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Lieberman, Sessions Fight for Missile Defense Funding

5:01 PM, Oct 5, 2009 • By MICHAEL GOLDFARB
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When Under Secretary of Defense Michèle Flournoy testified before the Senate Armed Services Committee on September 24, she said that in order for Secretary Gates to support the new missile defense architecture in Europe, he had to be reassured that "we are going to continue the development of the two-stage GBI [ground-based interceptor] as a technological hedge" in case the SM-3 family of interceptors face setbacks or the Iranian ICBM threat develops sooner than expected.

Despite the administration's support for continued development and testing of the two-stage GBI, the chairman's mark of the FY10 defense appropriations bill reduces funding for testing of the two-stage GBI by $151 million, which would risk postponing or cancelling a pair of two-stage missile tests. These tests were intended to both prove out the two-stage version of the GBI, and support modernization of the three-stage GBIs that are currently deployed in California and Alaska.

Senators Lieberman and Sessions have proposed an amendment that would allow the Missile Defense Agency to use up to $151 million of funds provided for in the FY09 or FY10 defense appropriations acts for a long-range missile defense system in Europe to support the continued development or testing of the two-stage GBI program. It would also fence funding for the two-stage program that the Secretary of Defense supports, and require a report detailing specific options when Congress addresses this issue in the coming year.

Senator Obama attacked missile defense as an "unproven technology," and President Obama killed the European site for the system on the grounds that his "new approach will provide capabilities sooner, build on proven systems and offer greater defenses against the threat of missile attack than the 2007 missile defense program." And now Democrats are trying to make sure those systems stay unproven by cutting funding for testing.

On Thursday, Senators Lieberman and Sessions took the floor to argue for their amendment restoring that funding.

Senator Lieberman:

Bottom line, this [amendment] acknowledges on my part the disappointment at the decision the administration has made. It doesn't try to turn it around, but says OK, under the new administration program we are going to do at least as good, maybe a little better, at protecting Europe and the Middle East, but we are going to do worse at protecting the United States of America from a long-range missile, which the Iranians particularly are working so hard to develop. So let's at least keep testing this missile we have got, the ground-based interceptor, as a hedge so we are ready in case these other alternatives don't work, to put it in the ground in Europe or perhaps in the east coast of the United States to give the American people the two lines of defense they deserve against an Iranian long-range missile, and thereby to close what will now be a ballistic missile defense gap for the United States of America that will otherwise develop in the middle of the next decade and go on, in my opinion, for at least 3 years.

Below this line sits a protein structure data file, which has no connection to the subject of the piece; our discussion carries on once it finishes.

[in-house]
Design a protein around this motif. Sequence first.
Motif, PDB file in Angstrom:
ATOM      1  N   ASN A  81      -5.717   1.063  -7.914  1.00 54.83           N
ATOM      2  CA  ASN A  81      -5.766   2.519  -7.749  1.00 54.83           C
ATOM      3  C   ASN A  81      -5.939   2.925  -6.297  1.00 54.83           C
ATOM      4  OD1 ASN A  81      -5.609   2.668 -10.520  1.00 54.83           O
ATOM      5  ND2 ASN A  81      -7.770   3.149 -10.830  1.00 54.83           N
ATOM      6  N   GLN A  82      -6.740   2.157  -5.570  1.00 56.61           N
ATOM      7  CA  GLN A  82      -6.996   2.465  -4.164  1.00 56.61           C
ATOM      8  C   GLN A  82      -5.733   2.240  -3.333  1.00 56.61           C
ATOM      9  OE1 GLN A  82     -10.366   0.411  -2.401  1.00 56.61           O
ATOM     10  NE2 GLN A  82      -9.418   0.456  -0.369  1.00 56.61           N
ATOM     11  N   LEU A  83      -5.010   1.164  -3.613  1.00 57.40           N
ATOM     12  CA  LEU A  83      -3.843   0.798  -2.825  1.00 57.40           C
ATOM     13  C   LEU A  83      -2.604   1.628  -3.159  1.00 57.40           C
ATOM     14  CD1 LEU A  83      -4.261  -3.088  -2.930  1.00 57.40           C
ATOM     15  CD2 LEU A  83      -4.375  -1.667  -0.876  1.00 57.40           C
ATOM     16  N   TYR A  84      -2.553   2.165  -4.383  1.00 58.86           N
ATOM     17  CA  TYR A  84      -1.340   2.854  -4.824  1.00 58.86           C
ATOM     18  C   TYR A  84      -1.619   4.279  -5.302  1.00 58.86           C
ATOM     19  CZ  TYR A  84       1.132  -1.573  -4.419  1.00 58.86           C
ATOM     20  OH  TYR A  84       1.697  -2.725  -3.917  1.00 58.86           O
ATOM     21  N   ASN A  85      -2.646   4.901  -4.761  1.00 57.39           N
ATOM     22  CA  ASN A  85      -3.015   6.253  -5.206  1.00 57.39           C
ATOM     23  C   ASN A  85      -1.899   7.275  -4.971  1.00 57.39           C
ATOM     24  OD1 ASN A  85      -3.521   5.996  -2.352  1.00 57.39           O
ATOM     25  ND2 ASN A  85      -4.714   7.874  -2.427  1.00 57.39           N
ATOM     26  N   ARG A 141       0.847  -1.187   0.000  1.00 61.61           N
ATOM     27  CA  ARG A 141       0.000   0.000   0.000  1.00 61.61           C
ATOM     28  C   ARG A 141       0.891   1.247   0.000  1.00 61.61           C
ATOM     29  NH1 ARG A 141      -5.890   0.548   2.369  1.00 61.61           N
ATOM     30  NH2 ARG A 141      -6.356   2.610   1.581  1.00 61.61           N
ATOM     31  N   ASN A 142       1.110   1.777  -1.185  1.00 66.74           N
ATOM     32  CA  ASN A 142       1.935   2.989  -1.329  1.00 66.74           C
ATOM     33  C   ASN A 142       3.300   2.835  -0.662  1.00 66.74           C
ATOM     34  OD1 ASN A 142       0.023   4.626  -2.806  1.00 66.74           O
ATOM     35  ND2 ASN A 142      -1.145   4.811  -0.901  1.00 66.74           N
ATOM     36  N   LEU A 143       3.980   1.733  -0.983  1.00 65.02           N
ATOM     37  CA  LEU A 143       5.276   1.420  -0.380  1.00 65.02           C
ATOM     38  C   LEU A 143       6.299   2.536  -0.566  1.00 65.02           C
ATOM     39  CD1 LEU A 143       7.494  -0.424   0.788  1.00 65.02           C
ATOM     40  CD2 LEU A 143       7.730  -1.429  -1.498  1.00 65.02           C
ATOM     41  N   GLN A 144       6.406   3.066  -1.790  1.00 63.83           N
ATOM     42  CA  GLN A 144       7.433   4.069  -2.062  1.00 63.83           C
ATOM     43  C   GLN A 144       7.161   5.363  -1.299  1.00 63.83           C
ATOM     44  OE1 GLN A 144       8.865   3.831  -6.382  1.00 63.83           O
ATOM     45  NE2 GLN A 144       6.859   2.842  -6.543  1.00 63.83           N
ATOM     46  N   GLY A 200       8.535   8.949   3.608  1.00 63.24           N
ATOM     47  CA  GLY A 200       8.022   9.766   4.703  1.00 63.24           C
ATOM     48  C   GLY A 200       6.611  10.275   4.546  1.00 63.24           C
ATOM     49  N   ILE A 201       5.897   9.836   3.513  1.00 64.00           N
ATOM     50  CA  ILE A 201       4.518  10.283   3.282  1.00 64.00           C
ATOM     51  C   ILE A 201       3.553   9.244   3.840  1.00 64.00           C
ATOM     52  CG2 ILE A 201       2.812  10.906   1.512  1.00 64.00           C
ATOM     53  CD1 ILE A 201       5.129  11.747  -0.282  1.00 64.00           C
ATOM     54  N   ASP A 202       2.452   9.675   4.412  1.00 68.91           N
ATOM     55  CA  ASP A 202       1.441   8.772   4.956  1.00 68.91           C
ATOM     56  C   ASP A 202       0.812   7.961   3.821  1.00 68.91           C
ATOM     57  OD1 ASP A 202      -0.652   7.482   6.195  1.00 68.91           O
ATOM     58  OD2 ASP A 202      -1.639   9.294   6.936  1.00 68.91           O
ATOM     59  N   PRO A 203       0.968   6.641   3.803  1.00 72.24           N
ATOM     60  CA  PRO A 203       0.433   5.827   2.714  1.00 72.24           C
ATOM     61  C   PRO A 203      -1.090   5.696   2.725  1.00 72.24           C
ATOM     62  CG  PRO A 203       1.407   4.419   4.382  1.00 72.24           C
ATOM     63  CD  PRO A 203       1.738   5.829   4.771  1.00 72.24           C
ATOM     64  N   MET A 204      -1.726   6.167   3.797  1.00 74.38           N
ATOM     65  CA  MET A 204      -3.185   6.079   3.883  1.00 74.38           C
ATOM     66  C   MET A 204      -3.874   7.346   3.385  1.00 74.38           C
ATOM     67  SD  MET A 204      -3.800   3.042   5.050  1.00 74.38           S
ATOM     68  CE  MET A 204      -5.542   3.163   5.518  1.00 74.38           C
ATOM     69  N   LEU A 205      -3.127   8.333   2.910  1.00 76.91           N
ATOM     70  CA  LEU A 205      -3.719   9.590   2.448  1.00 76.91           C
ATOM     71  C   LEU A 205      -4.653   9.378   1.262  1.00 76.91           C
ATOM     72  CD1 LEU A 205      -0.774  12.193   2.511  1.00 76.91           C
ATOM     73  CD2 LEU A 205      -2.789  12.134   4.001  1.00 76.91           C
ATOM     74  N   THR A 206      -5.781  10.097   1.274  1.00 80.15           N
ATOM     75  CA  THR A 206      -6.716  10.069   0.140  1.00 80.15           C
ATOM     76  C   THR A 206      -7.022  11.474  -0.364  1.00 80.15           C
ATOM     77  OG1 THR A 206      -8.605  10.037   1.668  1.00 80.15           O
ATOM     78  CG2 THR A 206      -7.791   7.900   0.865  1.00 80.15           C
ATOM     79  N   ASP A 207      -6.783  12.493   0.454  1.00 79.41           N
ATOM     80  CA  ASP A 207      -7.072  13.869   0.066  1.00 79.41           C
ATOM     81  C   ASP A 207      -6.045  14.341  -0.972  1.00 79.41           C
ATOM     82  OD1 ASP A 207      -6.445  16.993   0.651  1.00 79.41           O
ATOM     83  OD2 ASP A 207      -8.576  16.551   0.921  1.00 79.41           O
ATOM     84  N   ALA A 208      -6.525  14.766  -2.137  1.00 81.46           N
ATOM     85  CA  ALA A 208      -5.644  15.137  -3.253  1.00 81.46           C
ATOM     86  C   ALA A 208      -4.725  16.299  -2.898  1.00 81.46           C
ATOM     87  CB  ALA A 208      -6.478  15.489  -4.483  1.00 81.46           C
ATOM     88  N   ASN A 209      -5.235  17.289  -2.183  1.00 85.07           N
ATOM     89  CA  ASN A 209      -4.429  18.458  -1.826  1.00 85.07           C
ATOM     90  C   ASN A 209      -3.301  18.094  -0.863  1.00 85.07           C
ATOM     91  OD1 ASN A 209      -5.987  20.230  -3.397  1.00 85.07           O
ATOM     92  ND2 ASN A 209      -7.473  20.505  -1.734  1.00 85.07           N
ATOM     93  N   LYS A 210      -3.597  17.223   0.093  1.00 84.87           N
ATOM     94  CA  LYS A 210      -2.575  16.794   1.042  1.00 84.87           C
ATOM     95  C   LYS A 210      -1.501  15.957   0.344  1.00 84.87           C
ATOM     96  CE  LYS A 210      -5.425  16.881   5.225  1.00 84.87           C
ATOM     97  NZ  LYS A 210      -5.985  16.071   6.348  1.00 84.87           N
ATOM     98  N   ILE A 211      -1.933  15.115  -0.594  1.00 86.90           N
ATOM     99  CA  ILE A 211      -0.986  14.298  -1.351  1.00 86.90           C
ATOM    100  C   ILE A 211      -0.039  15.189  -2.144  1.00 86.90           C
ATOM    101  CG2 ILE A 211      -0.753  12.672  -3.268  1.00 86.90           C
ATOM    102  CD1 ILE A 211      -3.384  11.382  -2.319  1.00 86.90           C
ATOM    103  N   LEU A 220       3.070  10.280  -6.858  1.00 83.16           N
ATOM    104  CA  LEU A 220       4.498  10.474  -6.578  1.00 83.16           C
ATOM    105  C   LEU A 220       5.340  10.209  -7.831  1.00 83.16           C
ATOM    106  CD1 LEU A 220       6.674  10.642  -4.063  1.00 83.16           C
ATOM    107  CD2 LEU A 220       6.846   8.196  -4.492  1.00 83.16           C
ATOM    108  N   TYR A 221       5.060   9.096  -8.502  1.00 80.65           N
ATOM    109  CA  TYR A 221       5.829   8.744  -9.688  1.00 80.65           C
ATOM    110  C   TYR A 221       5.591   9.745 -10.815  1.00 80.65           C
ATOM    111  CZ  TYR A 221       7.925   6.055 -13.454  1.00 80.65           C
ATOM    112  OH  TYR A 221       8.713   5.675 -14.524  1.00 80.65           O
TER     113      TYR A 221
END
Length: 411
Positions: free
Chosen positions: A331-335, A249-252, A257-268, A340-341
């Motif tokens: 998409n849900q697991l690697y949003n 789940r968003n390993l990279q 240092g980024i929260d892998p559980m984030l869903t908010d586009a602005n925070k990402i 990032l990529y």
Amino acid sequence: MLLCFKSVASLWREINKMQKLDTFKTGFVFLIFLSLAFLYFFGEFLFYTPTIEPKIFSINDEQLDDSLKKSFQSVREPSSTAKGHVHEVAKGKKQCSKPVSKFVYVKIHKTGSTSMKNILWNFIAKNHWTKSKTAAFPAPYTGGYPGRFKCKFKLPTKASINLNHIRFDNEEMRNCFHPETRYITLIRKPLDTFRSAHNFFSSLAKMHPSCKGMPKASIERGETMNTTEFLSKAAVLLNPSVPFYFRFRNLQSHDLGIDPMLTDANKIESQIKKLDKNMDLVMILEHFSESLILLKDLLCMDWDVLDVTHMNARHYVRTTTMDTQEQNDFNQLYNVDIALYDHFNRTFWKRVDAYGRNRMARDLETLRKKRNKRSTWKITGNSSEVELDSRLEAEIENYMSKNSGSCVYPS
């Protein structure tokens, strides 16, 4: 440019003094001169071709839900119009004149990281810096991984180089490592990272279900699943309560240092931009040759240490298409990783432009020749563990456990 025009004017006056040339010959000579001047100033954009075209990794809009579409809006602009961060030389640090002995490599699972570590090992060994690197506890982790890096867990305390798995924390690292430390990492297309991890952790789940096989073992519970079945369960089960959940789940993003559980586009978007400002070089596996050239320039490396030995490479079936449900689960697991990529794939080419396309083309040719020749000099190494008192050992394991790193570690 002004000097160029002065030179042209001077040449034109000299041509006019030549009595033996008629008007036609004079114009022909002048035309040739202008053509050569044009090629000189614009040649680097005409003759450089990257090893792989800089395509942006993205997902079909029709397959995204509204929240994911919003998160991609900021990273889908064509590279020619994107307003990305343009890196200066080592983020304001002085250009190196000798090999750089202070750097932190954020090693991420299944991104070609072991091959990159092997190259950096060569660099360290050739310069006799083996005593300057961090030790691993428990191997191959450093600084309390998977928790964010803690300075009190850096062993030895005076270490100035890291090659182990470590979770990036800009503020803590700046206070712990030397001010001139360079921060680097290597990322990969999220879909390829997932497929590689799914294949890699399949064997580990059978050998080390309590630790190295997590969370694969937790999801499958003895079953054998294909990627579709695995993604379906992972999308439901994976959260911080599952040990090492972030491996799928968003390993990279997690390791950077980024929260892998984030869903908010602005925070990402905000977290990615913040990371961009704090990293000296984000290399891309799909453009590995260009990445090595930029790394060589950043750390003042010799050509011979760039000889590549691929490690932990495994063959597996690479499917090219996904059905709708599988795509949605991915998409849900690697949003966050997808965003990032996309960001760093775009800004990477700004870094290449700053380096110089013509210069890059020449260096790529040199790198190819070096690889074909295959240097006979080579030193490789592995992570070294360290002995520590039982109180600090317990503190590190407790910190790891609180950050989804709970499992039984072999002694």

Senator Sessions:

So what about our ground-based interceptors and GMD system that we have been working on for 30-plus years, spent over $20 billion on, that was planned to implant 44 interceptors in Alaska-most of them in Alaska and some in California? That has been cut from 44 to 30. What about the plan to deploy 10 in Poland and Europe to give us redundancy and protect Europe? Zeroed out. So this is not just a little nibbling away in missile defense. This is an erroneous policy that makes me nervous. Because we have a system that is ready to go forward. We stop it. We promise we are going to have a new system out here 10 years from now. There's many a slip twixt the cup and the lip. I am not sure whether we will ever get that done waiting on some new system to come along.

Senate sources tell THE WEEKLY STANDARD that debate on the amendment will resume Tuesday.